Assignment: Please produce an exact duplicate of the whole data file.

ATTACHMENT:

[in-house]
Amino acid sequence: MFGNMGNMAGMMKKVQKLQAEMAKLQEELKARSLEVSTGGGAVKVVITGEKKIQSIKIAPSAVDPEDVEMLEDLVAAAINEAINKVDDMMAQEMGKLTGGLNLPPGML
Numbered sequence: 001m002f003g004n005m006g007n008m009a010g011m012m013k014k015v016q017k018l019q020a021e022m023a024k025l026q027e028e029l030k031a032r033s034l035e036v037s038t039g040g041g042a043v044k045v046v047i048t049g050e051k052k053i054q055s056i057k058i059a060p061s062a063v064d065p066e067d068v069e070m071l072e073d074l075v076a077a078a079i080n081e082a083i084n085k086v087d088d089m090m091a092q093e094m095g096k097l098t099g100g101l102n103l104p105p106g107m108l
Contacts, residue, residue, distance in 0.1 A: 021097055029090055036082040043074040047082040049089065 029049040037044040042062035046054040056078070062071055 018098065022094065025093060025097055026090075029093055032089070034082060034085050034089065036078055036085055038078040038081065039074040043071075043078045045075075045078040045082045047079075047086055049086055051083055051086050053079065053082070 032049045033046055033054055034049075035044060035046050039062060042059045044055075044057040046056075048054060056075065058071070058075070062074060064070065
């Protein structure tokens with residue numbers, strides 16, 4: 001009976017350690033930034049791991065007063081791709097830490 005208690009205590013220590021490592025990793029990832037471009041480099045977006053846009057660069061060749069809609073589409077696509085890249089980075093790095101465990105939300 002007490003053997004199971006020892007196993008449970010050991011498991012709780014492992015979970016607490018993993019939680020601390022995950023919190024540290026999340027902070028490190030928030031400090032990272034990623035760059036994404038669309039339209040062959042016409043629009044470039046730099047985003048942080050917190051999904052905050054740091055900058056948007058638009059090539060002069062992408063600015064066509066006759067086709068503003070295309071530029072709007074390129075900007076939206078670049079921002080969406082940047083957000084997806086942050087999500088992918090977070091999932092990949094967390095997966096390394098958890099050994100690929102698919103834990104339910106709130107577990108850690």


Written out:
[in-house]
Amino acid sequence: MFGNMGNMAGMMKKVQKLQAEMAKLQEELKARSLEVSTGGGAVKVVITGEKKIQSIKIAPSAVDPEDVEMLEDLVAAAINEAINKVDDMMAQEMGKLTGGLNLPPGML
Numbered sequence: 001m002f003g004n005m006g007n008m009a010g011m012m013k014k015v016q017k018l019q020a021e022m023a024k025l026q027e028e029l030k031a032r033s034l035e036v037s038t039g040g041g042a043v044k045v046v047i048t049g050e051k052k053i054q055s056i057k058i059a060p061s062a063v064d065p066e067d068v069e070m071l072e073d074l075v076a077a078a079i080n081e082a083i084n085k086v087d088d089m090m091a092q093e094m095g096k097l098t099g100g101l102n103l104p105p106g107m108l
Contacts, residue, residue, distance in 0.1 A: 021097055029090055036082040043074040047082040049089065 029049040037044040042062035046054040056078070062071055 018098065022094065025093060025097055026090075029093055032089070034082060034085050034089065036078055036085055038078040038081065039074040043071075043078045045075075045078040045082045047079075047086055049086055051083055051086050053079065053082070 032049045033046055033054055034049075035044060035046050039062060042059045044055075044057040046056075048054060056075065058071070058075070062074060064070065
């Protein structure tokens with residue numbers, strides 16, 4: 001009976017350690033930034049791991065007063081791709097830490 005208690009205590013220590021490592025990793029990832037471009041480099045977006053846009057660069061060749069809609073589409077696509085890249089980075093790095101465990105939300 002007490003053997004199971006020892007196993008449970010050991011498991012709780014492992015979970016607490018993993019939680020601390022995950023919190024540290026999340027902070028490190030928030031400090032990272034990623035760059036994404038669309039339209040062959042016409043629009044470039046730099047985003048942080050917190051999904052905050054740091055900058056948007058638009059090539060002069062992408063600015064066509066006759067086709068503003070295309071530029072709007074390129075900007076939206078670049079921002080969406082940047083957000084997806086942050087999500088992918090977070091999932092990949094967390095997966096390394098958890099050994100690929102698919103834990104339910106709130107577990108850690």